Noah’s Ark
Peter Spier
1985
Caldecott Medal

There are some really great Noah’s Ark retellings and illustrations out there (someday, I’ll review Jerry Pinkney’s amazing version). But Spier’s version is my all-time favorite. Aside from the image of him shutting the ark’s door (the Lord does that in Genesis), this version could very well have happened. Spier fills each page with myriad details, inviting–no, demanding–one to take a closer look. Since Noah and company were on the ark a very long time, Spier allows the animal population to grow. (Watch for the hoard of bunnies leaving the ark!). He also gives clues as to the potential chaos on board, the mess generated by that many animals, and the relief all must have felt when the waters began to recede.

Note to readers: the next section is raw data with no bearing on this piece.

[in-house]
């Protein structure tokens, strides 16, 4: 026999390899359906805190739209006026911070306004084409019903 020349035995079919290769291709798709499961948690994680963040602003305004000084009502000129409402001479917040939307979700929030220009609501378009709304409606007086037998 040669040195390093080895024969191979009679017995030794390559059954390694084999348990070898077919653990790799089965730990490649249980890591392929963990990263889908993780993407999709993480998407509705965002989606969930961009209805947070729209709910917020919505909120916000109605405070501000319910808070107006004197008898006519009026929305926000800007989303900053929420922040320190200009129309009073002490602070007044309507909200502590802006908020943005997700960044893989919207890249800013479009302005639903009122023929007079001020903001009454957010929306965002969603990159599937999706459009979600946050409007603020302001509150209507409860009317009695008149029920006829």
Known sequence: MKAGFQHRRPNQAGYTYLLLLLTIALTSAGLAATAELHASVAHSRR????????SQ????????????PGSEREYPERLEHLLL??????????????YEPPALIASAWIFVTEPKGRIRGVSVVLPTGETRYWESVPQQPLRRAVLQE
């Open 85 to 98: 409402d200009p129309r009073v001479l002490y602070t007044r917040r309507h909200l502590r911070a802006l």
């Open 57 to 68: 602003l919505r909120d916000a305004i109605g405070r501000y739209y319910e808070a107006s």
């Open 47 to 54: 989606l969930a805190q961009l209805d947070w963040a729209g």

This is not technically a wordless book since the first page or two contains a line from Scripture and a centuries-old poem. Lest you are tempted to skip the poem, I should point out that my children request it! The rest of the book is word free, though. Spier’s illustrations are so detailed that my children love to pore over the pictures again and again–each time they notice something new. Unfortunately, this book is out of print. However, since it is a Caldecott winner, you’re likely to find it at your local library since they tend to hang onto those!

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